CK: My work for the past 20 years has focused on building technology for an aging population. As the number of people dealing with chronic disease challenges grows, our healthcare system will continue to be strained to provide care. Catalia Health provides a way to fill in those gaps and let doctors and nurses provide more effective care to all of their patients. Our primary users depend on the disease, but for now we’re focused on congestive heart failure, late-stage kidney cancer, and rheumatoid arthritis, all of which most commonly affect people in the 50+ population.
LN: How did you assemble your team?
CK: There’s a unique story behind each person on this team, and they all fill an important role in the company. We have a mix of backgrounds, from a Hollywood screen writer to a former Twitter program manager to nurses. While the technology and AI is a core component of our platform, we are also founded on psychology and medicine, therefore hiring to fill those roles was key too. When assembling the team we had to look at the various areas we need top talent including technology (both software and hardware), clinical (we have a doctor, nurses, a psychologist), script writing and business.
LN: How has Catalia Health, the company differed from what you envisioned it would be (if at all)?
CK: We’re following the vision that I have been building towards for many years. I’m thrilled to have a large pharmaceutical company, healthcare customers, team members, and investors who believe in this. The steady growth we’ve had thus far and the leaps we plan to see in 2018 can attest to that.
LN: What do you wish you had known before developing your concept?
CK: How long it would take. I started working in this area 20 years ago. My first robot studies were in 2001 and I launched my first company in 2007. It’s been a long road.
LN: What most excites you about the aging and / or health technology market?
CK: There is a huge need for what we’re doing – there are 117 million people in the US that are chronically ill and we have a way of really making a difference for them. In addition to the patient’s medical outcome, we’re addressing the emotions of an aging population that is coping with their illness at home, often alone. It’s rewarding to see that our work is helping beyond the treatment management but in the daily lives of these people.
LN: What is your best piece of advice for startups who want to include or target the 50+ market?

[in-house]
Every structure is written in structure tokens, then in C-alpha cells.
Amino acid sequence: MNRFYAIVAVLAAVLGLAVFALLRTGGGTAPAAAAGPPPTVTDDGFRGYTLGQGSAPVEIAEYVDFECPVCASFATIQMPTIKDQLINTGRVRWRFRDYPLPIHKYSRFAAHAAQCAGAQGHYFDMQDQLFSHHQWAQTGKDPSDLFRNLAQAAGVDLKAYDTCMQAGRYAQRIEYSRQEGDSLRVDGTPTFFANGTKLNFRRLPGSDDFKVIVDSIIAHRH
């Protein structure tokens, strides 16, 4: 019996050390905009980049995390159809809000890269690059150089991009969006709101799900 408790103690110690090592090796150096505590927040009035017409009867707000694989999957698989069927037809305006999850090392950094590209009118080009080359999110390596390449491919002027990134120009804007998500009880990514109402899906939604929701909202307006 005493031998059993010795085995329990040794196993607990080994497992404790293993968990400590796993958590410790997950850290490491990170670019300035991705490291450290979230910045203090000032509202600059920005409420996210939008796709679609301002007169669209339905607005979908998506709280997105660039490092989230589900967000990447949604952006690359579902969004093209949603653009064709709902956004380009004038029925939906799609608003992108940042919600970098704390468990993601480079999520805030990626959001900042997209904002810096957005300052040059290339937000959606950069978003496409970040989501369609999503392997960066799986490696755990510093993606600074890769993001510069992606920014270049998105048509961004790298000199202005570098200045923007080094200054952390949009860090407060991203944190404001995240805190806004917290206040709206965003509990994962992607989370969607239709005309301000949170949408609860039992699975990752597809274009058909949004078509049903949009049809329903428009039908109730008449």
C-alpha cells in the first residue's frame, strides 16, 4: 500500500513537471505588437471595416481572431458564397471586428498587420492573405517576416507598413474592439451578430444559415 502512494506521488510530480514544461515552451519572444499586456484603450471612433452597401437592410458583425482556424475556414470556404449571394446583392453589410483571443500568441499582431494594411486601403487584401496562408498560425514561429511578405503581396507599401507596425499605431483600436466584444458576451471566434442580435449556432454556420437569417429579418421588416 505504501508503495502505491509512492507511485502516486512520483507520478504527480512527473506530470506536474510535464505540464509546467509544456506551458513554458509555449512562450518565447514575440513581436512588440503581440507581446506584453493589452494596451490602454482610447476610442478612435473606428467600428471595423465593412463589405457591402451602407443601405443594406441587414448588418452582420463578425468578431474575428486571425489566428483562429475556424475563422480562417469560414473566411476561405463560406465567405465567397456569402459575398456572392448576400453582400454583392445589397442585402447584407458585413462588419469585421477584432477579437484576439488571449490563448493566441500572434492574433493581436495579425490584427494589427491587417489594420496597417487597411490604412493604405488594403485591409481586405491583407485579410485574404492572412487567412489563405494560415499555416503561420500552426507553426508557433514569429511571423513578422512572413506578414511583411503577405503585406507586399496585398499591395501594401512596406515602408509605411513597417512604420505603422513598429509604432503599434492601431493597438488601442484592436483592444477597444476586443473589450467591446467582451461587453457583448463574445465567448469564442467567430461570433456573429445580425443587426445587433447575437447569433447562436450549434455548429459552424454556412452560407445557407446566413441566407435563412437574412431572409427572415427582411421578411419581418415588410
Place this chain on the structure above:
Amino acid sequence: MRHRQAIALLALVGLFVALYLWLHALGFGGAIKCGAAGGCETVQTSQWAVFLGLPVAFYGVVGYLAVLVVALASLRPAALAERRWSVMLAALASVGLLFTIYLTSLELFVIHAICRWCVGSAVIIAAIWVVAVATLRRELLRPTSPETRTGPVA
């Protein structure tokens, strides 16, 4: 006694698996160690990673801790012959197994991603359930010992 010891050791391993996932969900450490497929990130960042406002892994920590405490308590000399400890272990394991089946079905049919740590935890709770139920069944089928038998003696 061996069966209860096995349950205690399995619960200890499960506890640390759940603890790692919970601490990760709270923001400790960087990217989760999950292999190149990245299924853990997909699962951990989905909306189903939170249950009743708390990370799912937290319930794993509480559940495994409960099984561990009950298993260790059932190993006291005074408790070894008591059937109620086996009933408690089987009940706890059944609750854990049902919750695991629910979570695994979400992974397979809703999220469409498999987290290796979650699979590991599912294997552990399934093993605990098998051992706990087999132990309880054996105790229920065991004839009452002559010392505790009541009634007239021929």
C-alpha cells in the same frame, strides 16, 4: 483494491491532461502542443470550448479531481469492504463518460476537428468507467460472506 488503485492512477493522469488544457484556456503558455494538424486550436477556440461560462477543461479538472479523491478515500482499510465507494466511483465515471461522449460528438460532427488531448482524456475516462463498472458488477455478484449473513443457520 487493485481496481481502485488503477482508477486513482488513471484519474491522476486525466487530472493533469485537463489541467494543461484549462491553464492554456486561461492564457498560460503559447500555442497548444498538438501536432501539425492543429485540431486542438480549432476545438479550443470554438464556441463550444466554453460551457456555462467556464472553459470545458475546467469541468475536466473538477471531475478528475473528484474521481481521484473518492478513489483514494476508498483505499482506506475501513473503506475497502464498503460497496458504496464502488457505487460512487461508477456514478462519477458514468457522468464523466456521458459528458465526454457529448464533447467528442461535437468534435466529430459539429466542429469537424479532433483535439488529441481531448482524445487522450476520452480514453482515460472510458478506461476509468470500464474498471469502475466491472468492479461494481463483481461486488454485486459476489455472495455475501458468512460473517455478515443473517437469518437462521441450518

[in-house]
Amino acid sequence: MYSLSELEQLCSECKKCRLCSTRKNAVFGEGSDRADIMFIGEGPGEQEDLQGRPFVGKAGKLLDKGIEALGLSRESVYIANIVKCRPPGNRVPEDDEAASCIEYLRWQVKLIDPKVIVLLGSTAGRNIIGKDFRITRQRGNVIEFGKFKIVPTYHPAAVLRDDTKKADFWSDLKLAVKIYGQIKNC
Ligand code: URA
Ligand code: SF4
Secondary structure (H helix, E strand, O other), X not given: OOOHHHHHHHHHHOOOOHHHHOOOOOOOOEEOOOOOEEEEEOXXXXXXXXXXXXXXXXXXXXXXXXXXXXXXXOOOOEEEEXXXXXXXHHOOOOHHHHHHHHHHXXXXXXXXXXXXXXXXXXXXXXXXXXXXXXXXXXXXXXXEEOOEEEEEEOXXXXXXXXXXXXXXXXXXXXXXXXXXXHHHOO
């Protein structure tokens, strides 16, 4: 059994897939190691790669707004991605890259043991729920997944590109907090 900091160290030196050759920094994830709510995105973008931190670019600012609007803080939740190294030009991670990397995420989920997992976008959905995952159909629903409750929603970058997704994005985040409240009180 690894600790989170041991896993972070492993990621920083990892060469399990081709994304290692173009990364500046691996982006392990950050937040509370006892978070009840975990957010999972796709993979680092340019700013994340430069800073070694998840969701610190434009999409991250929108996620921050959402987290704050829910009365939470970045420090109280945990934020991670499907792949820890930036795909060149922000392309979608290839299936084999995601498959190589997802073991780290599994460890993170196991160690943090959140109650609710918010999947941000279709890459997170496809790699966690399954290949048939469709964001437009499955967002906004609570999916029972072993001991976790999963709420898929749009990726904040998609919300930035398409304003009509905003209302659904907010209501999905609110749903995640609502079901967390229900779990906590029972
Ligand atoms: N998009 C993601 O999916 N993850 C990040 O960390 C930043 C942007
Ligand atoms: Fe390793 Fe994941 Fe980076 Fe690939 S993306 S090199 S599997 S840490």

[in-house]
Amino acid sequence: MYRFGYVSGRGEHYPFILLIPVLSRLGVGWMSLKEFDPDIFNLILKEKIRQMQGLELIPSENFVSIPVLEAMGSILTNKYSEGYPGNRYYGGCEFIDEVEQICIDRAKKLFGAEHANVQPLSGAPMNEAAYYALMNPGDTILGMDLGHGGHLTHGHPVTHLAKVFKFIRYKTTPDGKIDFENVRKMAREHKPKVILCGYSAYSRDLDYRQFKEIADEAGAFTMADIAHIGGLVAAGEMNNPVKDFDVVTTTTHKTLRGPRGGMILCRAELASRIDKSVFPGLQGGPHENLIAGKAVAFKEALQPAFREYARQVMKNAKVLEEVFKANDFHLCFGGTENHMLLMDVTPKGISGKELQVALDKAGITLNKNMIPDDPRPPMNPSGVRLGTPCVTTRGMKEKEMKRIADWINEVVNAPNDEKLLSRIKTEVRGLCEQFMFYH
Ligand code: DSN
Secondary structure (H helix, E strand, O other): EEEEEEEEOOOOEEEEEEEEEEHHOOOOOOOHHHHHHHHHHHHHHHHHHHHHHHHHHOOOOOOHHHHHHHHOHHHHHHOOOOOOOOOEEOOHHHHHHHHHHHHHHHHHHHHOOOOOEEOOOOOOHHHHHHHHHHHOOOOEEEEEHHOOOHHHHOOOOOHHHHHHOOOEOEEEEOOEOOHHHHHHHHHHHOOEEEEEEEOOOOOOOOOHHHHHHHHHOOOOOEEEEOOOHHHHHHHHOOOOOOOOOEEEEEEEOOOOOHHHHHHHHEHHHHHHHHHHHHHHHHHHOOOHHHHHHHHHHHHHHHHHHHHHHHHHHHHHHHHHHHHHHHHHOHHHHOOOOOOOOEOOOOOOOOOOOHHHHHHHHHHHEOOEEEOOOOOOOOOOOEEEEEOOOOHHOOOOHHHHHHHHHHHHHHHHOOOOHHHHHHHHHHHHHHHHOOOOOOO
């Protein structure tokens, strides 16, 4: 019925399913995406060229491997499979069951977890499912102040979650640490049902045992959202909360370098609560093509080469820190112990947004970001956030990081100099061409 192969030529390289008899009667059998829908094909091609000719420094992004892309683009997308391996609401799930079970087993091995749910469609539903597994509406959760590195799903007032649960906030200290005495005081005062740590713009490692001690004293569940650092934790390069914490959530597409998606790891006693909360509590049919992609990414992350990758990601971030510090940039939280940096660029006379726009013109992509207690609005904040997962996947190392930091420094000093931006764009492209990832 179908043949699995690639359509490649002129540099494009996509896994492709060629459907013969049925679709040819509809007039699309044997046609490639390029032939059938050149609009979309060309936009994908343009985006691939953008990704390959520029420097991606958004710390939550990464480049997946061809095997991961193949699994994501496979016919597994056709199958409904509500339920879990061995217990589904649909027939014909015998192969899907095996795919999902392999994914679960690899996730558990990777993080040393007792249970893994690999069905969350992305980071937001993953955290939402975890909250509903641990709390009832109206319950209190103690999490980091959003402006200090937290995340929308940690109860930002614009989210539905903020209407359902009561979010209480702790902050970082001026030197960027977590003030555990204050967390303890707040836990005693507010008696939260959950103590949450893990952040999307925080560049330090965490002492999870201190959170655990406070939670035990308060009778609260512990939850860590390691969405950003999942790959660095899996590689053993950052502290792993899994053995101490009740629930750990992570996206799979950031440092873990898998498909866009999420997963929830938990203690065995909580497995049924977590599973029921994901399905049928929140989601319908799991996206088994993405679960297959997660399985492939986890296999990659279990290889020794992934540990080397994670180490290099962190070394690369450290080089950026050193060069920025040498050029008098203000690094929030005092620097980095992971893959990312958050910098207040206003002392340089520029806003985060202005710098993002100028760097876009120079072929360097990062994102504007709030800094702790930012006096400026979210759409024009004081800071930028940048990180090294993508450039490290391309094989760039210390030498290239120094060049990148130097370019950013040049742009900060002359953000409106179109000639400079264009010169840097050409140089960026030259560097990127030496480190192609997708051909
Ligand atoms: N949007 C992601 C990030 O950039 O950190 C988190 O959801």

CK: Spend as much time as you can with your target audience and have people on your team who are part of this segment. Our average employee age is not 20-something, I’ve worked with this population since I *was* 20-something. We make sure to understand our customers and their needs on the clinical side, it’s just as important to understand our patients too. That means spending time with them and opening up a conversation to learn what works and what doesn’t.
LN: Do you have any other products in development?
CK: We are rolling out products in three disease states (congestive heart failure, rheumatoid arthritis and kidney cancer) the first half of this year and have others in development that we’ll announce at a later time. Follow us on Twitter at @cataliahealth to stay up-to-date on our latest announcements.
LN: Where do you see Catalia Health five years from now?
CK: In five years from now we’ll be helping a lot more patients. We will grow by several new disease states and tens of thousands of patients per year.
LN: Anything else you’d like to share?
CK: We’re always looking for people who want to try out Mabu, customers who want to deploy Mabu (pharmaceutical companies, hospitals, insurers), and anyone that wants to join the Catalia Health team. Visit our website to learn more about working with Mabu or for job opportunities.
Dr. Cory Kidd is the founder and CEO of Catalia Health. Dr. Kidd has been working in healthcare technology for nearly two decades. The focus of his work has been applying innovative technologies towards solving large-scale healthcare challenges. His previous company, Intuitive Automata, created interactive coaches for weight loss. Prior to this, Dr. Kidd received his M.S. and Ph.D. at the MIT Media Lab in human-robot interaction. While there, he conducted studies that showed the psychological and clinical advantages of using a physical robot over screen-based interactions.